Tuesday, September 11, 2012

Comments on the ESM-Treaty from a non-lawyer

Well, tomorrow is the day! At 10 a.m. tomorrow, the German Constitutional Court will present its opinion on the ESM-Treaty. My prediction? It will say: "Yes, but..."

In last Sunday's talk-show on ARD, the former ECB/Bundesbank executive Otmar Issing was asked whether he understood the ESM-Treaty. His answer: "No, but I hope the Constitutional Court will clarify what it means".

This prompted me to finally read the 60+ pages from start to finish.

I was reminded of my bank training program 40 years ago. In one class, we studied legal documentation such as promissory notes. Each promissory note began with the phrase: "For value received, the undersigned promises to pay...". I asked the question: "Why does it say 'for value received'"?

I was educated that if it didn't stipulate "for value received", the debtor could later refuse payment, arguing that he had never received any value in exchange for signing the promissory note.

From that, I learned that it was not only important to understand what the text of a treaty said but, equally important, why such text was put into the treaty in the first place. Typically, it is put in there to prevent certain things from happening or to make sure that certain things can be done without explicitly stating so.

With that in mind, let me list a few quotes from the ESM-Treaty where the political leadership should have, but did not, explain to the people why they were put into the treaty, what they are supposed to prevent and which things can be done without being explicitly stated. It would be helpful if the Constitutional Court's "but" would shed some light on this.

Here are the quotes:

"The ESM, its property, funding and assets, wherever located and by whomsoever held, shall enjoy immunity from every form of judicial process except to the extent that the ESM expressly waives its immunity for the purpose of any proceedings or by the terms of any contract, including the documentation of the funding instruments".

"The property, funding and assets of the ESM shall, wherever located and by whomsoever held, be immune from search, requisition, confiscation, expropriation or any other form of seizure, taking or foreclosure by executive, judicial, administrative or legislative action".

"The archives of the ESM and all documents belonging to the ESM or held by it, shall be inviolable".

"In the interest of the ESM, the Chairperson of the Board of Governors, Governors, alternate Governors, Directors, alternate Directors, as well as the Managing Director and other staff members shall be immune from legal proceedings with respect to acts performed by them in their official capacity and shall enjoy inviolability in respect of their official papers and documents".

Without any additional explanation, these clauses literally beg the questions of why they were put into the treaty, what they are supposed to prevent and which things can be done without being explicitly stated.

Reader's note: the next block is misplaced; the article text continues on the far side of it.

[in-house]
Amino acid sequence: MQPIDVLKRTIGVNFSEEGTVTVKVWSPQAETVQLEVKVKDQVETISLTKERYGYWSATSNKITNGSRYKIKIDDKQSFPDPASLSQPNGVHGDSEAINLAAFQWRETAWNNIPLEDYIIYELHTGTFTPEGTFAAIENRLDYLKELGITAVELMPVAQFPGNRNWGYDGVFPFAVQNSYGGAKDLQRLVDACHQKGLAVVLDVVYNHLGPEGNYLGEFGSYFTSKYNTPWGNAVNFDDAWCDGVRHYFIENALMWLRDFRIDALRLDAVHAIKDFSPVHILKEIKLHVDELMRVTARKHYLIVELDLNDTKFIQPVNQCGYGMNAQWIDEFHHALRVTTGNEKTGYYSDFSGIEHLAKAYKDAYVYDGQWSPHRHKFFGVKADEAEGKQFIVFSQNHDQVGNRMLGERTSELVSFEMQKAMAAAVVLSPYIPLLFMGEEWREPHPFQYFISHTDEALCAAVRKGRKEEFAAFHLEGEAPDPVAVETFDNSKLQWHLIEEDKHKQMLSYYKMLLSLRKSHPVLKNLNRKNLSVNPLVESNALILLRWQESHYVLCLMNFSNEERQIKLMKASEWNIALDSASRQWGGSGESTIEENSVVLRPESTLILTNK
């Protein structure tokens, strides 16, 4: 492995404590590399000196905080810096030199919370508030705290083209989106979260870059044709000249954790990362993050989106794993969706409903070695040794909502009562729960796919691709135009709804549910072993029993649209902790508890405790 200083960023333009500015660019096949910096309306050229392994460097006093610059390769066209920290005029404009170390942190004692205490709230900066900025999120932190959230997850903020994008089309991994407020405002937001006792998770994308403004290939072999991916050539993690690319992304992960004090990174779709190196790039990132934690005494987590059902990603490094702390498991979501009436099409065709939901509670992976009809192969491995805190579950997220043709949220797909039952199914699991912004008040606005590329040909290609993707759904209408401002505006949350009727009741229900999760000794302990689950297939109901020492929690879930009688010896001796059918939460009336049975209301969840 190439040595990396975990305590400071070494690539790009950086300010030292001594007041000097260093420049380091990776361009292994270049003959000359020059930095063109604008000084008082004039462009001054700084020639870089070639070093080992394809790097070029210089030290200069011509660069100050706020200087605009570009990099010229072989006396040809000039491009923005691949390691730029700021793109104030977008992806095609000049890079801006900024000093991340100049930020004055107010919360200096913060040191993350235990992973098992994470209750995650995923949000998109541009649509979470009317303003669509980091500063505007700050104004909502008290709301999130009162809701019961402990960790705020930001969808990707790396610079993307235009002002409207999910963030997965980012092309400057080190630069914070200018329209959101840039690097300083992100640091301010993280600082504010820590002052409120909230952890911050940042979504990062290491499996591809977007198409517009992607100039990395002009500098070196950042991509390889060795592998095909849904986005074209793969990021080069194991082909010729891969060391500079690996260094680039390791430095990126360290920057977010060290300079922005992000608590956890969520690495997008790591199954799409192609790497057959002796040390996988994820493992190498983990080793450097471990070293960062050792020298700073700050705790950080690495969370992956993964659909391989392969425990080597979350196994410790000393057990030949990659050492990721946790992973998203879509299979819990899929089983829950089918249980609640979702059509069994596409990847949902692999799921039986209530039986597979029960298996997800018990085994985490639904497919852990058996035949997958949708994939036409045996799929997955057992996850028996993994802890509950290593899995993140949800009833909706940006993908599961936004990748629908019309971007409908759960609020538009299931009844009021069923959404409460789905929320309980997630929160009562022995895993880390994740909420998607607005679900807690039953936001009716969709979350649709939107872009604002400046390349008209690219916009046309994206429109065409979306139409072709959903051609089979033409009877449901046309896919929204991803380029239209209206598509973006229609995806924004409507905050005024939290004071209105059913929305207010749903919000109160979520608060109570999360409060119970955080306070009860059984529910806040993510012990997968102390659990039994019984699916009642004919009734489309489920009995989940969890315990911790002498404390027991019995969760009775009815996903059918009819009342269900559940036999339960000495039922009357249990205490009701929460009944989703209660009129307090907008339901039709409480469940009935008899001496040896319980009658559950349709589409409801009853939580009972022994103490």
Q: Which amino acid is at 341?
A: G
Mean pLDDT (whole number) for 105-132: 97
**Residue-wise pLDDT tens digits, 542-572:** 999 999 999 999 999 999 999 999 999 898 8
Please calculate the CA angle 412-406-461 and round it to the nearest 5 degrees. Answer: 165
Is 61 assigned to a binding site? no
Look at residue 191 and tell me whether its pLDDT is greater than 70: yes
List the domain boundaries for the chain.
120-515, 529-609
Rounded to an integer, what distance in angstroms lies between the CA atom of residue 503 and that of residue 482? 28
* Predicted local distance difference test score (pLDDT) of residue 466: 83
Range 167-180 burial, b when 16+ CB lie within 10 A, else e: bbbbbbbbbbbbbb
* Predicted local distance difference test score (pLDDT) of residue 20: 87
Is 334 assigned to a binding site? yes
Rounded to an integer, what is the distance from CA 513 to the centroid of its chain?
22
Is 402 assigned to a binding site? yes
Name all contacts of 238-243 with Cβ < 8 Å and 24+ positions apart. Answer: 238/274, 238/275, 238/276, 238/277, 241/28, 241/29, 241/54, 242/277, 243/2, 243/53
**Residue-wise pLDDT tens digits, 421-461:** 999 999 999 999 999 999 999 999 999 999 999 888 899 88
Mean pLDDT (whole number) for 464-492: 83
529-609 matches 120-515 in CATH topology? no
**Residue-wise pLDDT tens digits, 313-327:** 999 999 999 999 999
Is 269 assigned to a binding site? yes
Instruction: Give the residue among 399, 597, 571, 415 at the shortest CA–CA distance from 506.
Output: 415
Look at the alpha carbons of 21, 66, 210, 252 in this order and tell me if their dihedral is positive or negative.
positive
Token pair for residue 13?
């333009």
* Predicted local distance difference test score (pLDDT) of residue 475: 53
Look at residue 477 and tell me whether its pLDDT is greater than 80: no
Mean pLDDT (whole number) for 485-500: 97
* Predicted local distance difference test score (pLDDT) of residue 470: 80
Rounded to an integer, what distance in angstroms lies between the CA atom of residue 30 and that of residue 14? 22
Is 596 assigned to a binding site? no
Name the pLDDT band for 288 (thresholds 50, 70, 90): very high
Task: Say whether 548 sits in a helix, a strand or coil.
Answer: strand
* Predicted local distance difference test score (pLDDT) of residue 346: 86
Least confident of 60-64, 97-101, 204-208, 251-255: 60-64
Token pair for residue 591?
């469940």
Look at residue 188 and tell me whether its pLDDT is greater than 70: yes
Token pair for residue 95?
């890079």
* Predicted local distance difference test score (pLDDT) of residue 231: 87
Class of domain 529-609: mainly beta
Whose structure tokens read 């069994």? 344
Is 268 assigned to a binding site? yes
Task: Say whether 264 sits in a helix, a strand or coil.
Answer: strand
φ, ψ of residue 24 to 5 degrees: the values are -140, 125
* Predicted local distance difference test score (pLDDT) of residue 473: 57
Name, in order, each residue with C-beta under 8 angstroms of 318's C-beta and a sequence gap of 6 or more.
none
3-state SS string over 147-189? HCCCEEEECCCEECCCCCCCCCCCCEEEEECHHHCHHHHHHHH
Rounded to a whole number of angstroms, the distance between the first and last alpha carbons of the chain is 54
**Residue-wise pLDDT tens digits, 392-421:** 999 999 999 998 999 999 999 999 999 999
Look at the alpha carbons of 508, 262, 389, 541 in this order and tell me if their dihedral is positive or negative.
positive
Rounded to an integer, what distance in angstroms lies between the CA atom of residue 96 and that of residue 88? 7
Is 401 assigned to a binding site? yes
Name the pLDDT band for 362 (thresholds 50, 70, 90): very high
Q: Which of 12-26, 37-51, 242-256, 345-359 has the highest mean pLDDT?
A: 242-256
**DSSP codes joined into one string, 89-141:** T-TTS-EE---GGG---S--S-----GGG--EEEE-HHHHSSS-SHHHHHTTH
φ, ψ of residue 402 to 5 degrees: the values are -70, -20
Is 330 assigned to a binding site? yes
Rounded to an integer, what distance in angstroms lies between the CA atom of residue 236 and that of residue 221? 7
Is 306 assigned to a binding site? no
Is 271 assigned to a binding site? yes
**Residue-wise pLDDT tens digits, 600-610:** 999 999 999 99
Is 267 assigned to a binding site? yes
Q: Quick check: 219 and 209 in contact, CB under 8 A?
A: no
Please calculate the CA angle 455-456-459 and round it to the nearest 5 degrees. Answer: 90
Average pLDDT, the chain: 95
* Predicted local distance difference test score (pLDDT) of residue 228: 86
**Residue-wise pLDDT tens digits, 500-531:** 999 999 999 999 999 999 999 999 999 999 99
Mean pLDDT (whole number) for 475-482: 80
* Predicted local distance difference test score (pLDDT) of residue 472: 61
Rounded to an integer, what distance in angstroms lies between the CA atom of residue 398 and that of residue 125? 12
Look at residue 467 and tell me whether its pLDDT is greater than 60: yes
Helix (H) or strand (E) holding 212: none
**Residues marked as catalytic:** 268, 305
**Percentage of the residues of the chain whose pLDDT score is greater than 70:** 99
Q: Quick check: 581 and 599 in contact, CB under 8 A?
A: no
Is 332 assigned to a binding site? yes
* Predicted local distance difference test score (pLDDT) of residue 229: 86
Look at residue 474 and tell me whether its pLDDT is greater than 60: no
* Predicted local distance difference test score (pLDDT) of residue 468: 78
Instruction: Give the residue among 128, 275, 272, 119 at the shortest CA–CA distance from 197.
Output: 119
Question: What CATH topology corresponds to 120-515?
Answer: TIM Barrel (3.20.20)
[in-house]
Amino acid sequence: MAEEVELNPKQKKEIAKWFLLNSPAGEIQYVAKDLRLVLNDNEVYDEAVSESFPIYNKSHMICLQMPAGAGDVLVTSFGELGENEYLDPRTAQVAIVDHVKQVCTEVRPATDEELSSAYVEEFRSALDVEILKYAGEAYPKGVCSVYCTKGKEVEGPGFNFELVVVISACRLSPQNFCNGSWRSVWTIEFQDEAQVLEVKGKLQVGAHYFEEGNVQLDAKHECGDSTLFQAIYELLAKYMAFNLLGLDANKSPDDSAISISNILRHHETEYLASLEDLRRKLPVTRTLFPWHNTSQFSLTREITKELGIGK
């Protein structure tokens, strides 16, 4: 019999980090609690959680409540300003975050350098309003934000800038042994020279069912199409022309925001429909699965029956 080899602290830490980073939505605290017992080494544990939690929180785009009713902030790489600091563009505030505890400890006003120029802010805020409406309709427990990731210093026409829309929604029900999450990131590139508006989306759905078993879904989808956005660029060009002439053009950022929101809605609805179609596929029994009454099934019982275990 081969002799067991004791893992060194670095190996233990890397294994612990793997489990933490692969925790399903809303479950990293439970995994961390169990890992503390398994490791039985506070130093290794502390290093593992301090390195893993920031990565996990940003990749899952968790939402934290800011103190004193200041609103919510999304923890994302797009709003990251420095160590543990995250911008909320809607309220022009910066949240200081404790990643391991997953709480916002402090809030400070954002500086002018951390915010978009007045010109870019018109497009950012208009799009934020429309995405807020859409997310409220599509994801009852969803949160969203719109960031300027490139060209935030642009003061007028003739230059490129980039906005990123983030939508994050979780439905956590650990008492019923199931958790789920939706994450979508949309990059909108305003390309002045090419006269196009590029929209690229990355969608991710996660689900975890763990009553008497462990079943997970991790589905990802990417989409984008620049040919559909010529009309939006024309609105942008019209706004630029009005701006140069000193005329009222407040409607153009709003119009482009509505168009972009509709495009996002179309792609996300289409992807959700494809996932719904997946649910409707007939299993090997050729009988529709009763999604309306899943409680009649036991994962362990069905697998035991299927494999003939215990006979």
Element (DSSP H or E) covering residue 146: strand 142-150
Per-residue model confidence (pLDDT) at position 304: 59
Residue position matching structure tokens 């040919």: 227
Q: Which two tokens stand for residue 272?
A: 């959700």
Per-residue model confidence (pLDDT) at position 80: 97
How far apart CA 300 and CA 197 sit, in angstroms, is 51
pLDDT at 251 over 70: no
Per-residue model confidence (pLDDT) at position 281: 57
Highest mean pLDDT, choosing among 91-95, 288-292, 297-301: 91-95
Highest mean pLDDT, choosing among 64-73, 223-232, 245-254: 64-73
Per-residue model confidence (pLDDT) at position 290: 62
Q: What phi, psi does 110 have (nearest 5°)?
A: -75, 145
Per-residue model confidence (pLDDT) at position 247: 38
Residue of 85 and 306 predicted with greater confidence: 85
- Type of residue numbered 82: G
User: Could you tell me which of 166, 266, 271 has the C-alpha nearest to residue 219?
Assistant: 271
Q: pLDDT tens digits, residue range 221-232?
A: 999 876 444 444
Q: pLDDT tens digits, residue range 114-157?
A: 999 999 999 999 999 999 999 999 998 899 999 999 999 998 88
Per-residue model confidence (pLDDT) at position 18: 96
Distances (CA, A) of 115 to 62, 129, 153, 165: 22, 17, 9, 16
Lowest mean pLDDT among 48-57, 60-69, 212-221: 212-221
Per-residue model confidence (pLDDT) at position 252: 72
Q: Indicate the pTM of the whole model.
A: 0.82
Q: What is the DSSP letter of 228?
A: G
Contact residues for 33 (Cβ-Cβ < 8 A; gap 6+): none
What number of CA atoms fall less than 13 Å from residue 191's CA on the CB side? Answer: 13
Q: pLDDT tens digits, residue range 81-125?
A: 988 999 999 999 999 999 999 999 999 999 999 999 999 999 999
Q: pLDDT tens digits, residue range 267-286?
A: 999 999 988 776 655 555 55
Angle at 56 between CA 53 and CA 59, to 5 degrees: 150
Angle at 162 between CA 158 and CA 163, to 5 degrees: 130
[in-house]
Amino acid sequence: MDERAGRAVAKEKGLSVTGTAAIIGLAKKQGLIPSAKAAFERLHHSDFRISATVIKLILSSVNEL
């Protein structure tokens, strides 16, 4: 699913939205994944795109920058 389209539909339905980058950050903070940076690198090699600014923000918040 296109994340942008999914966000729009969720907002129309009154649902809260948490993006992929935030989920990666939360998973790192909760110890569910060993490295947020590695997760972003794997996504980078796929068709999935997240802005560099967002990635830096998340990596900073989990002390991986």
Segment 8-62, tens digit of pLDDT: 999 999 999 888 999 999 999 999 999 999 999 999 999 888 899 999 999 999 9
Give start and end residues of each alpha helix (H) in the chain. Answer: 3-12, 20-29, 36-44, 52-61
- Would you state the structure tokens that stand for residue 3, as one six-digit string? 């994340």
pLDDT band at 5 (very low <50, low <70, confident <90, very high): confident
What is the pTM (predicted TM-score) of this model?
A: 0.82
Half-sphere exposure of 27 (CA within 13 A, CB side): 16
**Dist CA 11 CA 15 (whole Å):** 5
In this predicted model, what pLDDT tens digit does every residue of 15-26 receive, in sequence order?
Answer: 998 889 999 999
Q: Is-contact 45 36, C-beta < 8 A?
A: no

I have looked up the Statute of the ECB. There is no such language in that Statute (interestingly, there is a lot more language about the responsibilities of ECB-officials than there is in the ESM-Treaty about ESM-officials). Why would ESM-officials have been put in a senior position relative to ECB-officials?

Does anyone really believe that this language made it into the ESM-Treaty because it is standard language? Of course, not! It made it into the treaty because there were serious concerns that, if they were not there, substantial trouble could be caused later. What are they supposed to prevent? Very easy! They are, among others, intended to prevent personal responsibility of the executives involved. Does that encourage those executives to do things which are not explicitly stated in the treaty as being permitted? Of course, it does!

I am not suggesting that such wording is absolutely impermissible. I do suggest, however, that political leadership has immensely fallen short of its responsibility to explain the ESM-Treaty in more detail to the people.

Addendum per 12.09.2012
At least the German Constitutional Court stipulated that no relevant ESM-information can be withheld from the German Parliament. 


  1. Herr Kastner

    I have long questioned this treaty, and especially in the light of the quotes you have made.

    "I do suggest, however, that political leadership has immensely fallen short of its responsibility to explain the ESM-Treaty in more detail to the people."

    Not only that but the ECB fell short of its responsibilities when lending large sums of money to the peripherals. Much of the problem that the Eurozone faces was caused by their sheer ignorance.

    An executive needs to be personally responsible - indeed it is part of what makes an executive an executive and not a bureaucrat.

    One thought I would have posted on the Slog (had I not been banned) was the question of how this would be enforced. The EU has no army, and even with an army half the size of Britain's, the Germans could wag fingers.

  2. On the immunity clauses, I would strongly assume that the drafters of the ESM took the language directly from the IMF statutes. They match up pretty well word for word.


    And as for why the IMF has them, I think its best to remember that national sovereign states have "sovereign immunity". And that an international fund in the business of lending to sovereign states, and wishing to be able to assert that its loans have legal priority over other loans (like the IMF and ESM do), needs some pretty tough clauses to "level the playing field".

    Otherwise, the IMF and ESM are in the same position as a "vulture fund", legally, as respects the claims on a sovereign defaulter.